Constitutional Government and Civic Education in America
Inaugural Lecture of the Tocqueville ForumJustice Scalia gives a lecture titled
Inaugural Lecture of the Tocqueville ForumDr. Deneen introduces Justice Scalia.
Inaugural Lecture of the Tocqueville ForumFr. Schall speaks with Dr. Deneen.
Inaugural Lecture of the Tocqueville ForumJustice Scalia enjoys Georgetown hospitality in the historic Riggs Library before his speech.
Supreme Court Associate Justice Antonin Scalia
Jean Bethke Elshtain, Leavey Chair in the Foundations of American Freedom, Georgetown University
James Ceaser, Professor of Politics, University of Virginia
Peter Lawler, Dana Professor of Government, Berry College
George Weigel, Distinguished Senior Fellow, Ethics and Public Policy Center
Hadley Arkes, Edward Ney Professor of American Institutions at Amherst College
John Seery, George Irving Thompson Memorial Professor of Government and Professor of Politics, Pomona College
Joshua Mitchell, Professor of Government, Georgetown University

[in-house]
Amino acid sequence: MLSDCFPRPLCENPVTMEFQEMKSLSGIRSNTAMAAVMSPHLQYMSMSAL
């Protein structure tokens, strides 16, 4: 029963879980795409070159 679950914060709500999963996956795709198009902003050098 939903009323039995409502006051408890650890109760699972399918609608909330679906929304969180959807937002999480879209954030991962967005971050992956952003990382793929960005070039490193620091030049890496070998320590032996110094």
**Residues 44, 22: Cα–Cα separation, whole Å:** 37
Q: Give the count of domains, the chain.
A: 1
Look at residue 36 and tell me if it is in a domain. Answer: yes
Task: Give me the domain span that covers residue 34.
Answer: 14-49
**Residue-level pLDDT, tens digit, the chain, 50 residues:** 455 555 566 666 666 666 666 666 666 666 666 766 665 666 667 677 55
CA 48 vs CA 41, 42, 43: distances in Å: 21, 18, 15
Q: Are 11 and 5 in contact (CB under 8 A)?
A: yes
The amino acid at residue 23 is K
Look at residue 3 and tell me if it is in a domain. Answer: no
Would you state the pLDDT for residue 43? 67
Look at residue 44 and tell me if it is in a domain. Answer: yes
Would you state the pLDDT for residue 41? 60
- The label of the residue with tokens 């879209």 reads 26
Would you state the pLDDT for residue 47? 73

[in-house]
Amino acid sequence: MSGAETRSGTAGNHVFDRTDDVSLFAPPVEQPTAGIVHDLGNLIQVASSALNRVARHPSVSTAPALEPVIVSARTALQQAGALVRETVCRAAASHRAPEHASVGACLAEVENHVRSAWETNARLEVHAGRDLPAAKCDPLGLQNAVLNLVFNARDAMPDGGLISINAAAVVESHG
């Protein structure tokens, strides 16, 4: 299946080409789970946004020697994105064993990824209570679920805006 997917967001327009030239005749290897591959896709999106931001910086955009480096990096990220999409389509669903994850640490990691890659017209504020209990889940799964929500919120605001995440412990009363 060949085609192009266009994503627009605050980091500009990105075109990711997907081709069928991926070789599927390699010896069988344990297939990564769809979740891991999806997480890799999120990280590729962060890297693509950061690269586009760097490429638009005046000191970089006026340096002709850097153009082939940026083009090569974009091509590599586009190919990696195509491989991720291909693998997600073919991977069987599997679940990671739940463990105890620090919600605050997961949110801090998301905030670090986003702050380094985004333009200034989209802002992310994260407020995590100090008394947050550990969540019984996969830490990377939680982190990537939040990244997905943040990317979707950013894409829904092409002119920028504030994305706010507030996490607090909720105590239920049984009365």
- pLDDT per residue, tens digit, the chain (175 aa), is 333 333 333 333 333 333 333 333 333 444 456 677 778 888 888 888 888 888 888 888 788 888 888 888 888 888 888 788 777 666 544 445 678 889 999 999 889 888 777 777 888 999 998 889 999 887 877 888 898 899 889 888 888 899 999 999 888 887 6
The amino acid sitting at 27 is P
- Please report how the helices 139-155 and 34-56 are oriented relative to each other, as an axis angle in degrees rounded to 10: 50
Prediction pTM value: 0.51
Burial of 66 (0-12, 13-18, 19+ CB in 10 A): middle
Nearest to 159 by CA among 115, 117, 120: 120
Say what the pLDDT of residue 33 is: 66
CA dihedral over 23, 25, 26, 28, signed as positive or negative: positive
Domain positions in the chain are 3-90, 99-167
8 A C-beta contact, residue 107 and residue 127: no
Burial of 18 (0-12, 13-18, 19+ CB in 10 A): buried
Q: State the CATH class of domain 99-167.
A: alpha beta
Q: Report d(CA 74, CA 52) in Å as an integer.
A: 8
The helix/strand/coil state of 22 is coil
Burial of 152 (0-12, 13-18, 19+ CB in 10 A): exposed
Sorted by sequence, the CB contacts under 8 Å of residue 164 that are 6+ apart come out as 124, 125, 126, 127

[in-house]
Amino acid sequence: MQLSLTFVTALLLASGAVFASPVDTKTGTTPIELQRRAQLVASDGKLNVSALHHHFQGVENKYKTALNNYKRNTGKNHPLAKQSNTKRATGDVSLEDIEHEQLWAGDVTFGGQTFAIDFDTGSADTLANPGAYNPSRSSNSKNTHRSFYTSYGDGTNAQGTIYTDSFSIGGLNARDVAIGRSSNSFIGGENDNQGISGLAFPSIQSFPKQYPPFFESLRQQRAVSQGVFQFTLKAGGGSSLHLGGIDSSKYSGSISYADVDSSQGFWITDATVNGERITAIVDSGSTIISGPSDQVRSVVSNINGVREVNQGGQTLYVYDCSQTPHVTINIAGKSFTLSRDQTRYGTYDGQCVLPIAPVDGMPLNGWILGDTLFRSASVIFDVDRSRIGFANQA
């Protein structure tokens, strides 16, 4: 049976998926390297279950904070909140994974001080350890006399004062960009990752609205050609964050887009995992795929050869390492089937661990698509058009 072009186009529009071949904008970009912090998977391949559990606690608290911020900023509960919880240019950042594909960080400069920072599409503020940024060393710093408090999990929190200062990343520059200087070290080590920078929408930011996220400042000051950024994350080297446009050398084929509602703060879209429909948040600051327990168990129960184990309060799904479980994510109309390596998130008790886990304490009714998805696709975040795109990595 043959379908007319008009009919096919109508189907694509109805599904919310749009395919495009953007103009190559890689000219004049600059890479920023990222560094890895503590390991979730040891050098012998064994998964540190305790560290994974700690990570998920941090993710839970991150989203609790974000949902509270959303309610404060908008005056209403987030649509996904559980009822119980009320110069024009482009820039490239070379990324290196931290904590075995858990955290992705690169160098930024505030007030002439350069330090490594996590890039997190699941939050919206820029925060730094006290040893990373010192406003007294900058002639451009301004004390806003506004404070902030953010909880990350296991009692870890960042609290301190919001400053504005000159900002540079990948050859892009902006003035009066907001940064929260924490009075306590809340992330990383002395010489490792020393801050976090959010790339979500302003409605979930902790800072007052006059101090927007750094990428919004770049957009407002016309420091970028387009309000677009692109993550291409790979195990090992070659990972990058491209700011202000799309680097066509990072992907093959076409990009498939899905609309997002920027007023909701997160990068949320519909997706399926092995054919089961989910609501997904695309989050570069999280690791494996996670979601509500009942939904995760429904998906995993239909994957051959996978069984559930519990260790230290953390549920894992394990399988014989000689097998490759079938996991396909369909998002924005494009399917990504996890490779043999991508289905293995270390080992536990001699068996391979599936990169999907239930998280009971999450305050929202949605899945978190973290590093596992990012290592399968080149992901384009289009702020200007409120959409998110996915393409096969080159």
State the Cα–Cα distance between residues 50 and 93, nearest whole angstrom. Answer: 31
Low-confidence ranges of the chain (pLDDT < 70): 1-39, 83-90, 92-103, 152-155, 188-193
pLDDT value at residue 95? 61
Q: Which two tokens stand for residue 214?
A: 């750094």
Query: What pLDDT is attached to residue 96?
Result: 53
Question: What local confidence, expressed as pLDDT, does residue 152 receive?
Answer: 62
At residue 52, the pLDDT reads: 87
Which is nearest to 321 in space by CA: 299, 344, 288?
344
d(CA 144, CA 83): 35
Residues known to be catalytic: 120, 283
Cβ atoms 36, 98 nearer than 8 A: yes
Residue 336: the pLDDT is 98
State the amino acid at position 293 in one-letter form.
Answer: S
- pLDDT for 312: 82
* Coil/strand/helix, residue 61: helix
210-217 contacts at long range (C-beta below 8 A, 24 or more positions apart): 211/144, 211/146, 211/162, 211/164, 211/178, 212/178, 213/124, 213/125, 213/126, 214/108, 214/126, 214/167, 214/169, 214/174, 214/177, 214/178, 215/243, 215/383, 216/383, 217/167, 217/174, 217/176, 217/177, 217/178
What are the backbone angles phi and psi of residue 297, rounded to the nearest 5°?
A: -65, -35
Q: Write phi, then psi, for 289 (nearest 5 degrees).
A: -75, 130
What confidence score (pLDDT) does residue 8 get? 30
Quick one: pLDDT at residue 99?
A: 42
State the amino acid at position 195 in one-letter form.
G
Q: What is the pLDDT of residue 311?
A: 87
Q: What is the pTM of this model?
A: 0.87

David Armitage, Lloyd C. Blankfein Professor of History, and Director of Graduate Studies, Harvard University
Daniel Mahoney, Professor of Politics, Assumption College
Peter Berkowitz, Tad and Diana Taube Senior Fellow at the Hoover Institution and Associate Professor of Law at George Mason University
This conference was the inaugural event of the Tocqueville Forum on the Roots of American Democracy. The keynote address (full summary) delivered by Justice Scalia was entitled “The Future of Civic Education in America”. Justice Scalia was introduced by. During his introduction of Justice Scalia, Professor Patrick J. Deneen, the founding Director, reflected on the reasons for the creation of The Tocqueville Forum, and especially on the need to preserve Georgetown University's longstanding tradition of preparing students for responsible citizenship in a constitutional republic of ordered liberty.
October 20, 2006 -- Gaston Hall and Leavey Center